M232 Fall Project 5 Solutions.pdf - MATH232 Project 5 Solutions MATH232 Project 5 Solutions Directions Below we present a solution to each part of the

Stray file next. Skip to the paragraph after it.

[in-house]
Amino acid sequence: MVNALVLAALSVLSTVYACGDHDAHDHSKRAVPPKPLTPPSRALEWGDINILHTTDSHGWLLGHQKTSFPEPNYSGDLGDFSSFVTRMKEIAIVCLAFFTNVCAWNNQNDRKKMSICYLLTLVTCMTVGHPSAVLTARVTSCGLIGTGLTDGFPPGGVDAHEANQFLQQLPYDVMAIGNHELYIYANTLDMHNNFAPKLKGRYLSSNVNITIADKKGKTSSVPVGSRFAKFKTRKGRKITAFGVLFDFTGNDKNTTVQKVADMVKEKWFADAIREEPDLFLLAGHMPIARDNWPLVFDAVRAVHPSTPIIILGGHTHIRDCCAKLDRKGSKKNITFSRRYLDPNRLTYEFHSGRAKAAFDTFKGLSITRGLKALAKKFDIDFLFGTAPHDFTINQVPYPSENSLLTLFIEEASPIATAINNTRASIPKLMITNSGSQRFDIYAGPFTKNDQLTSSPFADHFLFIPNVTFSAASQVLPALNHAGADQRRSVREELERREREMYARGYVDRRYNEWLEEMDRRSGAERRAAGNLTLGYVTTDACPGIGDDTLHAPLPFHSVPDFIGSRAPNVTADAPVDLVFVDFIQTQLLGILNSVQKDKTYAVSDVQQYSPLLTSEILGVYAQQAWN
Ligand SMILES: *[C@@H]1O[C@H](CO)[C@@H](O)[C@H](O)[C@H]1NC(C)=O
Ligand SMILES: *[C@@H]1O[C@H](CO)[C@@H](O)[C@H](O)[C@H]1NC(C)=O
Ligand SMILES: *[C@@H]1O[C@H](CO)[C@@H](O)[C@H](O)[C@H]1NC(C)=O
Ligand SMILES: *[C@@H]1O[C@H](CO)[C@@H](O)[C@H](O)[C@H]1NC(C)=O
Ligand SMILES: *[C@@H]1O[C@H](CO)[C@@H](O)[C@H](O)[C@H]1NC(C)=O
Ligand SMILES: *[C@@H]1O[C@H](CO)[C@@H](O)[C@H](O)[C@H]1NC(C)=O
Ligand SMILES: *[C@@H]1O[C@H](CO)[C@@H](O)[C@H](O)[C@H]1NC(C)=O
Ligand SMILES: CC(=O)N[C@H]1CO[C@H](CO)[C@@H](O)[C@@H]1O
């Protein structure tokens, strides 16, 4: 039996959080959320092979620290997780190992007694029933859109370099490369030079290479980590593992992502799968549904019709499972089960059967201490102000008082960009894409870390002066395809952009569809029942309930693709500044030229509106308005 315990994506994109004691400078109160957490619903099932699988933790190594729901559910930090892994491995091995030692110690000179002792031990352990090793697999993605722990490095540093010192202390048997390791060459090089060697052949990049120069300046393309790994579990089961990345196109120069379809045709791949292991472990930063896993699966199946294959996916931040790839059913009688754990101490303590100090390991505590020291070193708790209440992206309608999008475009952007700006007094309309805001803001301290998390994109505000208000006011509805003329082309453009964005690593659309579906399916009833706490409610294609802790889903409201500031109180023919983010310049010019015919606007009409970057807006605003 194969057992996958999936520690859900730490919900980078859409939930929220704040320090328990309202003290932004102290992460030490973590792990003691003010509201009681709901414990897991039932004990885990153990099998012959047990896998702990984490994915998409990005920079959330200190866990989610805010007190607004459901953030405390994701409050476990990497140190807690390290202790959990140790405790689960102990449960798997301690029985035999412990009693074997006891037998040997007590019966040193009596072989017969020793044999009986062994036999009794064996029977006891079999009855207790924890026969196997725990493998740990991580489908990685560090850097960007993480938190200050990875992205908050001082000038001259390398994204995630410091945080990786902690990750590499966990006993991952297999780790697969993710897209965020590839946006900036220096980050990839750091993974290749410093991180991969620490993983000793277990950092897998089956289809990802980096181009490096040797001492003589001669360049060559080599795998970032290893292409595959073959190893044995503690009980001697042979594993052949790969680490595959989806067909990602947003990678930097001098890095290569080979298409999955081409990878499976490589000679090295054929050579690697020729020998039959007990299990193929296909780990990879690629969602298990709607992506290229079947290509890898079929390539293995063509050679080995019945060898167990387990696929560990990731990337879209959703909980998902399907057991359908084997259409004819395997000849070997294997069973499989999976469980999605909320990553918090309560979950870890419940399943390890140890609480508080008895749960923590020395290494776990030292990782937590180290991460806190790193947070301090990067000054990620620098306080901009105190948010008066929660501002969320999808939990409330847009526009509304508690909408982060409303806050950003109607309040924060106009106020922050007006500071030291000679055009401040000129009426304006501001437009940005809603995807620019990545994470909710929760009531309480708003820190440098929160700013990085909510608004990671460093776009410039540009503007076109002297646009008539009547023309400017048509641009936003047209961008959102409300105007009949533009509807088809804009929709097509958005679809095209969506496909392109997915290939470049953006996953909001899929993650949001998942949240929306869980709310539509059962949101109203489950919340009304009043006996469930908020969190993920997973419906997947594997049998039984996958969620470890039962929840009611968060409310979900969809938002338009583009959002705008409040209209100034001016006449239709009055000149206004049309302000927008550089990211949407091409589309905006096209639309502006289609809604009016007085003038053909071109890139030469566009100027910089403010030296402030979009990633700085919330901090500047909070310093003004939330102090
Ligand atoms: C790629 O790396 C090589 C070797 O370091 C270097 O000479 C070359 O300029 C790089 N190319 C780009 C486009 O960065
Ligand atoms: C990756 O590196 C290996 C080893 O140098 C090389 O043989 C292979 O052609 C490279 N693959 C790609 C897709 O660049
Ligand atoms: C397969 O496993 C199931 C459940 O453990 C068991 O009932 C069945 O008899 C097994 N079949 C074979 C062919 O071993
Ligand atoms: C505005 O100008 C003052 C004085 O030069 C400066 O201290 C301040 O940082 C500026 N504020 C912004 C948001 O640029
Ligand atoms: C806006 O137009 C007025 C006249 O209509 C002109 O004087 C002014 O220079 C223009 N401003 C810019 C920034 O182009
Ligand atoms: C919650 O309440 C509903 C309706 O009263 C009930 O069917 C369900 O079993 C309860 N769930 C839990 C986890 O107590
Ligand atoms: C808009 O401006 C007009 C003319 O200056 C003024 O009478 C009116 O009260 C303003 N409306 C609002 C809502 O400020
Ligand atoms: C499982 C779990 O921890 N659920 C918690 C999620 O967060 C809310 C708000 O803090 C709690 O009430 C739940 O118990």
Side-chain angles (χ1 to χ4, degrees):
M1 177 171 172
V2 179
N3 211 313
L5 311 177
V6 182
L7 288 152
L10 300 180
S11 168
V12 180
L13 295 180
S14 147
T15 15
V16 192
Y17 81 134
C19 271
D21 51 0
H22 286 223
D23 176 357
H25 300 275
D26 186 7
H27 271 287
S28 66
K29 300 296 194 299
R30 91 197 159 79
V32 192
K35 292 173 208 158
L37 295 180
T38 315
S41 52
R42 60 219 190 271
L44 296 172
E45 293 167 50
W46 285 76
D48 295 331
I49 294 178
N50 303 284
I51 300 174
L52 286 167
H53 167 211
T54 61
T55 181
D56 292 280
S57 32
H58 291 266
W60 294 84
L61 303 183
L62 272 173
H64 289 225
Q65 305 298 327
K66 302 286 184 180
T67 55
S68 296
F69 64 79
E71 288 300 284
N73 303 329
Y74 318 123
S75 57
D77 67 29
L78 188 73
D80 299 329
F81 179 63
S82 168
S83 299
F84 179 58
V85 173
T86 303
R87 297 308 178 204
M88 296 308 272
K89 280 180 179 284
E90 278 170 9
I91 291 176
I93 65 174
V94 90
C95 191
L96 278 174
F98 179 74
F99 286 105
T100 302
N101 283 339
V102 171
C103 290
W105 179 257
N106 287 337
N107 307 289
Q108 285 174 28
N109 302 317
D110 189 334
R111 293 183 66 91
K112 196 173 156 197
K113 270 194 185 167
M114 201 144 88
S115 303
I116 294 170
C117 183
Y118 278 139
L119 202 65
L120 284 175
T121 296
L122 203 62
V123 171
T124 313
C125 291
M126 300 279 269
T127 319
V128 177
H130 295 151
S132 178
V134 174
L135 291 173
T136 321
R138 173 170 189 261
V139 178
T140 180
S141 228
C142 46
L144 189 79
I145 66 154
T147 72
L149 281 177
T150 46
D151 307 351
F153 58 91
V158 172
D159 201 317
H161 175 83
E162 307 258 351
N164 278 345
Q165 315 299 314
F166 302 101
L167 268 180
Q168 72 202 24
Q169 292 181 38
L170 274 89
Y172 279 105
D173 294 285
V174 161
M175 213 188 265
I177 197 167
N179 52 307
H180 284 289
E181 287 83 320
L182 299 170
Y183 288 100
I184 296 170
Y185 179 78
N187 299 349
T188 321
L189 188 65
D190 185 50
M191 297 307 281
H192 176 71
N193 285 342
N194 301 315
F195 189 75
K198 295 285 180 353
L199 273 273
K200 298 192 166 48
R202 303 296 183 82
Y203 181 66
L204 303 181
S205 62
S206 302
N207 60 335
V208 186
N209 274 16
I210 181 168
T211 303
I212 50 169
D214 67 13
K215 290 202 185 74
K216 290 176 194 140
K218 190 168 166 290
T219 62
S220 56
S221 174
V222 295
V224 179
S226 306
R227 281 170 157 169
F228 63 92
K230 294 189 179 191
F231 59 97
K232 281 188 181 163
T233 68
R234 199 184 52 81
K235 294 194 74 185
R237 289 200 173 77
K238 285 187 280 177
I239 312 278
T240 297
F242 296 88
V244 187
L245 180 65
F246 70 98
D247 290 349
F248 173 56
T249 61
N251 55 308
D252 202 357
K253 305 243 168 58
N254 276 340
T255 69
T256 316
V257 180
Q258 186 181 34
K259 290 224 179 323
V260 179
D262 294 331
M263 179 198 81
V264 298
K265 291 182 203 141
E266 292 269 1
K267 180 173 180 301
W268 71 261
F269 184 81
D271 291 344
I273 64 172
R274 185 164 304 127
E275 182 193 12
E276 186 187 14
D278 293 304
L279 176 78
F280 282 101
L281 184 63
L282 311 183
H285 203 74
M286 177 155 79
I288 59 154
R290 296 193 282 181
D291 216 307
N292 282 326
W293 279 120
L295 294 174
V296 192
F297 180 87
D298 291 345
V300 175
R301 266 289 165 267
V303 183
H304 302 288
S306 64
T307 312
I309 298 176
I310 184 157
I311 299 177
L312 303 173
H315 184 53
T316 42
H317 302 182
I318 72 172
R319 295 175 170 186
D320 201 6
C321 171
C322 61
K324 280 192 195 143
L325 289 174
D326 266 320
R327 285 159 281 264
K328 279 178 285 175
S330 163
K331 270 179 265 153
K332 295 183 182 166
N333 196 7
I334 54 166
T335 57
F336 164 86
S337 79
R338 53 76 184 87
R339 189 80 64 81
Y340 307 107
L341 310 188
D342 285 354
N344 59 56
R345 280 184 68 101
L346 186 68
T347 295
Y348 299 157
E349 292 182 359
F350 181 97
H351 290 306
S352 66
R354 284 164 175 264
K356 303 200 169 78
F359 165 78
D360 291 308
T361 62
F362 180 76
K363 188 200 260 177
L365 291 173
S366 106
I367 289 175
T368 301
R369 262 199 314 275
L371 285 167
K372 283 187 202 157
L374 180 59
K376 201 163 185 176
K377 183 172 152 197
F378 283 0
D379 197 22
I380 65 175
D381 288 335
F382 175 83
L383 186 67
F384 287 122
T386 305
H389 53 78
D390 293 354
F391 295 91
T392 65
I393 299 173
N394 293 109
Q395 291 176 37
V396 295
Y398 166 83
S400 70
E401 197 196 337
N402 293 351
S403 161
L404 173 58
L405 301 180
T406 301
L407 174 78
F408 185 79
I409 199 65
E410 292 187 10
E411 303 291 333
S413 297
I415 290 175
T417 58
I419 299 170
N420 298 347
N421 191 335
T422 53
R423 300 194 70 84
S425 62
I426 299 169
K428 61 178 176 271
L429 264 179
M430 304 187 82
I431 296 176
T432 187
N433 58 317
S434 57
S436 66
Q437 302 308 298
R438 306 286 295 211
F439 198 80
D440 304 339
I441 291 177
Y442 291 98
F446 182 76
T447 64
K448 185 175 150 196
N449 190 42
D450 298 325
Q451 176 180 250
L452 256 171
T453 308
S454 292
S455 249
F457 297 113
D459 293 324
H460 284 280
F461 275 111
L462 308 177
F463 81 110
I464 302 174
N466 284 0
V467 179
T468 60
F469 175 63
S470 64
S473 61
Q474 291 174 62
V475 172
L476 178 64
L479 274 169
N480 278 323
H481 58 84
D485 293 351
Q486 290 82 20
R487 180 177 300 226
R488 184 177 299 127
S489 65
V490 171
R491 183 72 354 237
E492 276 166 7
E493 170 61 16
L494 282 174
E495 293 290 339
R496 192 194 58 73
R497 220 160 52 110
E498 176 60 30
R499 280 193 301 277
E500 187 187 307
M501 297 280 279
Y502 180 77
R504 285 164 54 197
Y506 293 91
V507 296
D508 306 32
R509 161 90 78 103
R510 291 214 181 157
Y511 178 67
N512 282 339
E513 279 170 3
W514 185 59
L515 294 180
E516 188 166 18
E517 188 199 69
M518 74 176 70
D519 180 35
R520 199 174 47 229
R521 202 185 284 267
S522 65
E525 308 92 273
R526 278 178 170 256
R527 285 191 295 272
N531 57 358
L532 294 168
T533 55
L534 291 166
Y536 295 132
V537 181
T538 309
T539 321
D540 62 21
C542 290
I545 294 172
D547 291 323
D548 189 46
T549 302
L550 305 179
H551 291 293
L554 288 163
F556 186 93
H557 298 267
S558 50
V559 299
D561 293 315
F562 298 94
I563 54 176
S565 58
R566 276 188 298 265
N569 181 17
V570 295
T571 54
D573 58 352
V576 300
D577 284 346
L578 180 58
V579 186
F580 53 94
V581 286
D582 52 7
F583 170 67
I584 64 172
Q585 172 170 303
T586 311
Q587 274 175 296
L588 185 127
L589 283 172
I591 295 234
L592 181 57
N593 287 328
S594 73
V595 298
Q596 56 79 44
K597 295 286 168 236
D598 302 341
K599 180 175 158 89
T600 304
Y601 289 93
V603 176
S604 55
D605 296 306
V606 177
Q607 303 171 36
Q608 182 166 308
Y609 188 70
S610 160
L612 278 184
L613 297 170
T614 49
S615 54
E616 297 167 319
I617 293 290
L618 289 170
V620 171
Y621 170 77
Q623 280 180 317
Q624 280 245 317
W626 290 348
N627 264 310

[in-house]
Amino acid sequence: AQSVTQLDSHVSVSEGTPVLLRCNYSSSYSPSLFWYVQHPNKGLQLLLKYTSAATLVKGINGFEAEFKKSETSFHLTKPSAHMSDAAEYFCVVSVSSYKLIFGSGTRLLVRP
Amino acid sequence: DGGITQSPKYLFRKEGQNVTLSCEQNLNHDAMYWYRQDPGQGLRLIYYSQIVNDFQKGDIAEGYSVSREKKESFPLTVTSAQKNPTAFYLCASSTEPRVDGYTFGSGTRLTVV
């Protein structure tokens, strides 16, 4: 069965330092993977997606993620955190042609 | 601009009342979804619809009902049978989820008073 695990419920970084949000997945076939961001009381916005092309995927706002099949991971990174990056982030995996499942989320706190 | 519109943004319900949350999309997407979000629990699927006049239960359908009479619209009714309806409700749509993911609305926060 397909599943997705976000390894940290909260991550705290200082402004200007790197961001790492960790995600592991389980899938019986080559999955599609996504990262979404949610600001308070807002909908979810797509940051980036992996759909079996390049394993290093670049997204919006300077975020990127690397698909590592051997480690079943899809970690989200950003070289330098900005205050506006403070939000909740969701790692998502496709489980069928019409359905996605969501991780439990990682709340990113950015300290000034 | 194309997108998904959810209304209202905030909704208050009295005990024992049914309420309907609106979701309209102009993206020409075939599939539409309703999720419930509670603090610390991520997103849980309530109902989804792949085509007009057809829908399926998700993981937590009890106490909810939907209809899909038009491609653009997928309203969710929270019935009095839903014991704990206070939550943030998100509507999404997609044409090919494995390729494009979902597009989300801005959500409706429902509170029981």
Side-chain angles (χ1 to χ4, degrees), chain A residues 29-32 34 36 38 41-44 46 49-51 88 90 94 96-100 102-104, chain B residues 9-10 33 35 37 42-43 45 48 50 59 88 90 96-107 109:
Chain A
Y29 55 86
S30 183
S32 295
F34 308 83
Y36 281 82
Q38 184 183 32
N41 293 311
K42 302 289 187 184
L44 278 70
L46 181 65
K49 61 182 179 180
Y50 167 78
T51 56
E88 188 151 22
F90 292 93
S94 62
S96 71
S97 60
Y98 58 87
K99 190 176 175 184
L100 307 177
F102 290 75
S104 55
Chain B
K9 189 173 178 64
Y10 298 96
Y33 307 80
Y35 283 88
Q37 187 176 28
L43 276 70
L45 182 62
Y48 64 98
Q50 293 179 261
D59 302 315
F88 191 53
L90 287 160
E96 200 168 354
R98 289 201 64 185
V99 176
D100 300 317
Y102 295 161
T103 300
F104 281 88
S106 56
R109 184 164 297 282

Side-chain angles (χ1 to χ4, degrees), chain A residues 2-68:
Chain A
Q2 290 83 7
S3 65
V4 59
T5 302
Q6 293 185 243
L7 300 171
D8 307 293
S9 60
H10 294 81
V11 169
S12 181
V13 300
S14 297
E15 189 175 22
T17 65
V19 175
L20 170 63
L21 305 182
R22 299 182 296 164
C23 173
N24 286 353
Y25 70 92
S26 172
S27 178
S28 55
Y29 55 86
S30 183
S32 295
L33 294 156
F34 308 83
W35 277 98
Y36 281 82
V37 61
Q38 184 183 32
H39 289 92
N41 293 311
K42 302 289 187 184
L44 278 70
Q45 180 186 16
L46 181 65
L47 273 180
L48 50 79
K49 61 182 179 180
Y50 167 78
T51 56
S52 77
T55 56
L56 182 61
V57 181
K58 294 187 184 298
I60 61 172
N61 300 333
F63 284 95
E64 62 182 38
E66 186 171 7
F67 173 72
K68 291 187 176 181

# M232 Fall Project 5 Solutions.pdf - MATH232 Project 5...